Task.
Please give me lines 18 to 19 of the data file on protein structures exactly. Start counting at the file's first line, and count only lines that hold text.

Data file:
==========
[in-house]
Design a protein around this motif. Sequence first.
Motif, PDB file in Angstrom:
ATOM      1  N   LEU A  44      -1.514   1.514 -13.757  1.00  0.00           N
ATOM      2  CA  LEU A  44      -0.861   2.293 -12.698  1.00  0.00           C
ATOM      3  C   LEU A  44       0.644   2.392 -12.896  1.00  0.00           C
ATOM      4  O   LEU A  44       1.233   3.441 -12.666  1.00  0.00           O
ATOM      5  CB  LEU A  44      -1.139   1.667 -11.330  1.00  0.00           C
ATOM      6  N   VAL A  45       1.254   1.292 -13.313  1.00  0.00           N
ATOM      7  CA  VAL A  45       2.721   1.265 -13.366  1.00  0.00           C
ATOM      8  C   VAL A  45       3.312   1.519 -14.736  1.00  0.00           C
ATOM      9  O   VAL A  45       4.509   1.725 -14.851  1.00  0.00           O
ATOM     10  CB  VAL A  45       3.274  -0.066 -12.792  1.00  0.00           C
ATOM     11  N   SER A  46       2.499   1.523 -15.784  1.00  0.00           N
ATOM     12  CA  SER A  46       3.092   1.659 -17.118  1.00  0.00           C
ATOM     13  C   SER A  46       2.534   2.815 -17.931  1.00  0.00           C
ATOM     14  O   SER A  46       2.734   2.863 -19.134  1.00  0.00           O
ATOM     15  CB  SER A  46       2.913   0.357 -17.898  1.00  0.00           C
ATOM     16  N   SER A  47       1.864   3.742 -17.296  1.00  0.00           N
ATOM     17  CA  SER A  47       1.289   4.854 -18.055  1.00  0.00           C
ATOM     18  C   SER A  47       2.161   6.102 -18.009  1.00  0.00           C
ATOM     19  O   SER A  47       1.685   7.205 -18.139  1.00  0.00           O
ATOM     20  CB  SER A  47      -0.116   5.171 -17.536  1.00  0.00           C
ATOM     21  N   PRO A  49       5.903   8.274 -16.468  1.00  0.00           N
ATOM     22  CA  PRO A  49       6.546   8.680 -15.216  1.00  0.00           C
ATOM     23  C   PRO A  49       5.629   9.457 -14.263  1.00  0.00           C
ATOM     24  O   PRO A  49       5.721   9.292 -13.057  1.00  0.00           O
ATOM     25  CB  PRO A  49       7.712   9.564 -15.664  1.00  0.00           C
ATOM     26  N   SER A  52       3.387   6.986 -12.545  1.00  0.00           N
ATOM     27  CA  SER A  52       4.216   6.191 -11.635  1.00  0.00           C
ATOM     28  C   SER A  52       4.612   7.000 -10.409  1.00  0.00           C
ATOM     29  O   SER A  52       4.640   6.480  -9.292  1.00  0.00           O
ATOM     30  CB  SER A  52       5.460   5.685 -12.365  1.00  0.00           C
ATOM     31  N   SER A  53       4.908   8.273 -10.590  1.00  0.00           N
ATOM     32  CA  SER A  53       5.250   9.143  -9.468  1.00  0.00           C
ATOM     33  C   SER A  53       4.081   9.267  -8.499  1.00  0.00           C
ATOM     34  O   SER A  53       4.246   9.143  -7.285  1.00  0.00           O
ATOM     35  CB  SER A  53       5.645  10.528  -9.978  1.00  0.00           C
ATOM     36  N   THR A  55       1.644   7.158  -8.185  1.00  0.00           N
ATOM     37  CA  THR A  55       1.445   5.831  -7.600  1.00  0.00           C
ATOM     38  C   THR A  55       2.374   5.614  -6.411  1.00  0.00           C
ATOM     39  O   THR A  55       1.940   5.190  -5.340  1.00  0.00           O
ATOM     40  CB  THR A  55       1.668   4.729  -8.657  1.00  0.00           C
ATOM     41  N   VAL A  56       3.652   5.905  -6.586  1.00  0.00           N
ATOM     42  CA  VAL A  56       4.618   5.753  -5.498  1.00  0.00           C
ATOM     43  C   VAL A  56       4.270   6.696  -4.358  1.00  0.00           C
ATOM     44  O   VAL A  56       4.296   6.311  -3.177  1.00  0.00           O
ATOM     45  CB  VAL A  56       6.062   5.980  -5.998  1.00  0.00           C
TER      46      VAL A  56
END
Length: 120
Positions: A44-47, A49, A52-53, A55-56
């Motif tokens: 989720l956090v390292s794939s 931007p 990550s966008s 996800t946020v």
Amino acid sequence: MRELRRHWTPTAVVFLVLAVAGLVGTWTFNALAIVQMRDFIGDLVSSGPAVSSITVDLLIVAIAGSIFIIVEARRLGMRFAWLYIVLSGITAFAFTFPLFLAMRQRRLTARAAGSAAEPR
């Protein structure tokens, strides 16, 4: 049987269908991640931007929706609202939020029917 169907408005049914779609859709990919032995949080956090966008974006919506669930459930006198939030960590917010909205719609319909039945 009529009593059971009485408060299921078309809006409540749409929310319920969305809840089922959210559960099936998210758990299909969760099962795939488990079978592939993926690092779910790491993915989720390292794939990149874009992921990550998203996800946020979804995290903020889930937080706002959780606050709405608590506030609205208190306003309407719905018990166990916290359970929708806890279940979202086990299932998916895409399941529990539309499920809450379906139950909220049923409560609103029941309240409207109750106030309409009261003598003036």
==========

ATOM     15  CB  SER A  46       2.913   0.357 -17.898  1.00  0.00           C
ATOM     16  N   SER A  47       1.864   3.742 -17.296  1.00  0.00           N